America’s skill to advertise democracy all over the world was unquestionably broken by “recent events,” specifically the lethal U.S. Capitol riot carried out by a violent mob of ex-President Donald Trump’s supporters on Jan. 6, Secretary of State Anthony Blinken mentioned in a new interview printed Tuesday.
Blinken told NPR’s Mary Louise Kelly that since changing into President Joe Biden’s high diplomat final month he’d been subjected to “pretty gentle” digs from overseas counterparts when “raising concerns with about something going on in their country.”
But Blinken hailed America for tackling the thorny points thrown up below the presidency of Trump out within the open “for the entire world to see,” suggesting it was a testomony to the power of its democracy.
“There is no doubt that our ability to wave the banner of democracy and human rights to some extent has been tarnished by recent events, especially the egregious attack on the Capitol on January 6,” mentioned Blinken.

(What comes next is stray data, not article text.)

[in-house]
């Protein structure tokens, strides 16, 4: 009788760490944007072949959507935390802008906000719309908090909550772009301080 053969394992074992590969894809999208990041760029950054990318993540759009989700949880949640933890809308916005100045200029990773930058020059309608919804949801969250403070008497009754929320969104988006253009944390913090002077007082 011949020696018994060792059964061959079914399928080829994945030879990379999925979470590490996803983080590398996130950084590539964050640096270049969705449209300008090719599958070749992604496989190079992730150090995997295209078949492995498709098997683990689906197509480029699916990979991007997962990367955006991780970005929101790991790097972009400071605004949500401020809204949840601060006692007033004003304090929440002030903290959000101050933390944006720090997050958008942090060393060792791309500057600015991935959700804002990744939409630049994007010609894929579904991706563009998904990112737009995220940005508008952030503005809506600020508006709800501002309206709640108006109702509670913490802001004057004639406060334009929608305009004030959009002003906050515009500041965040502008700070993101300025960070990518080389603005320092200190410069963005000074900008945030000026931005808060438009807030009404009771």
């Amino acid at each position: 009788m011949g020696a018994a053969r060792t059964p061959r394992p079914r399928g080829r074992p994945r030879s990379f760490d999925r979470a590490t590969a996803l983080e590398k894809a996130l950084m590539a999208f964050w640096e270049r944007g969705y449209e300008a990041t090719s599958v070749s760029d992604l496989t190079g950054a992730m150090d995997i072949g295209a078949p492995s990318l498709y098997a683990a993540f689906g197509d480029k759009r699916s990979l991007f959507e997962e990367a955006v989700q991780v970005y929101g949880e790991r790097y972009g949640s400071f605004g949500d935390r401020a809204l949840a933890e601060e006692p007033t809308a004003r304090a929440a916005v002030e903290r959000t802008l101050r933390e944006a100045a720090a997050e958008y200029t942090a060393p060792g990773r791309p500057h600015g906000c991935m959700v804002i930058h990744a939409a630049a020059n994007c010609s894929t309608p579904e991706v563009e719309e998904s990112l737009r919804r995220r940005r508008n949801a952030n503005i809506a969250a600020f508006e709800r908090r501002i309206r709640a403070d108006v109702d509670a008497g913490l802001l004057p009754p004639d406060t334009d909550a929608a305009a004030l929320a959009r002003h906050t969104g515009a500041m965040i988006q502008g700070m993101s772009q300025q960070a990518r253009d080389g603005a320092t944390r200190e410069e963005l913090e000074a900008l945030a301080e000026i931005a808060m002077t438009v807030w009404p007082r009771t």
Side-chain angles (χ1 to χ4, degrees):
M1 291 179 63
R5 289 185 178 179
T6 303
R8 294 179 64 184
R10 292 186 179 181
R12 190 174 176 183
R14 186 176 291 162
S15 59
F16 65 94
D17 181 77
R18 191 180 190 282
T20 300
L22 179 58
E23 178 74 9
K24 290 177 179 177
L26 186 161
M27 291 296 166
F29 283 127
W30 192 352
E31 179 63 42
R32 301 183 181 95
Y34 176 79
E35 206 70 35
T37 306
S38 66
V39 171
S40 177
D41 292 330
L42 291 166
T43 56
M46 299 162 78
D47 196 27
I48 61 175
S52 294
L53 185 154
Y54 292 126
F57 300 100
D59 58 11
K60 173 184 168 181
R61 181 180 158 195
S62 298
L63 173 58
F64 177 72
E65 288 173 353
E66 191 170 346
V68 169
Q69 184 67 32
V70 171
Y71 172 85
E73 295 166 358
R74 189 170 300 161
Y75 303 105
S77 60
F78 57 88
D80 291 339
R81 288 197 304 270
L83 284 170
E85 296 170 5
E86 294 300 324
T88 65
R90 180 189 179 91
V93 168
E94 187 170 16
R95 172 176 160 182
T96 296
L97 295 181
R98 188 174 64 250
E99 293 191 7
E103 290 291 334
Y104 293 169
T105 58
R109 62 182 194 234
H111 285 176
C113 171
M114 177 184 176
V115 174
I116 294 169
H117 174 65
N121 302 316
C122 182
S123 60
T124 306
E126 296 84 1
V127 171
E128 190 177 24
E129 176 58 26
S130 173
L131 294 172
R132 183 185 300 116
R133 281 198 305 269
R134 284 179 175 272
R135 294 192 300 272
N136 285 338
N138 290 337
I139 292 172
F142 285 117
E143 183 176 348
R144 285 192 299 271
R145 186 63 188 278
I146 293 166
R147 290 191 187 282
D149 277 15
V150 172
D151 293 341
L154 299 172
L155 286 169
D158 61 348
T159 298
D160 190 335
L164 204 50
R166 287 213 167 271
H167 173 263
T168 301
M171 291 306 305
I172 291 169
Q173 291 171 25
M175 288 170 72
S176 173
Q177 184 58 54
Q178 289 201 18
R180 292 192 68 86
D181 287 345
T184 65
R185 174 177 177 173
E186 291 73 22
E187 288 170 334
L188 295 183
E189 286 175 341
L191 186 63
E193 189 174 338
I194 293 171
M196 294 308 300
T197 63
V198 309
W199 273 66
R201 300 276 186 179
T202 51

“On the other hand, what’s so powerful about it is that our democracy is resilient,” he continued. “Members of Congress came back to the buildings that had been under siege. They stood up for the Constitution. They stood up for the institution.”
Blinken mentioned the U.S. was “grappling with this ongoing problem” in public “unlike in some other places, we’re not trying to sweep it under the rug. We’re not trying to ignore it. We’re not trying to deny it. We’re confronting it.”
“Sometimes it’s ugly, sometimes it’s painful,” he acknowledged. “But it’s also incredibly powerful. And so what I tell colleagues around the world and people that we’re already engaged with — albeit too often by telephone, instead of being able to do it in person, because of COVID — is that our democracy is strong, it’s resilient.”
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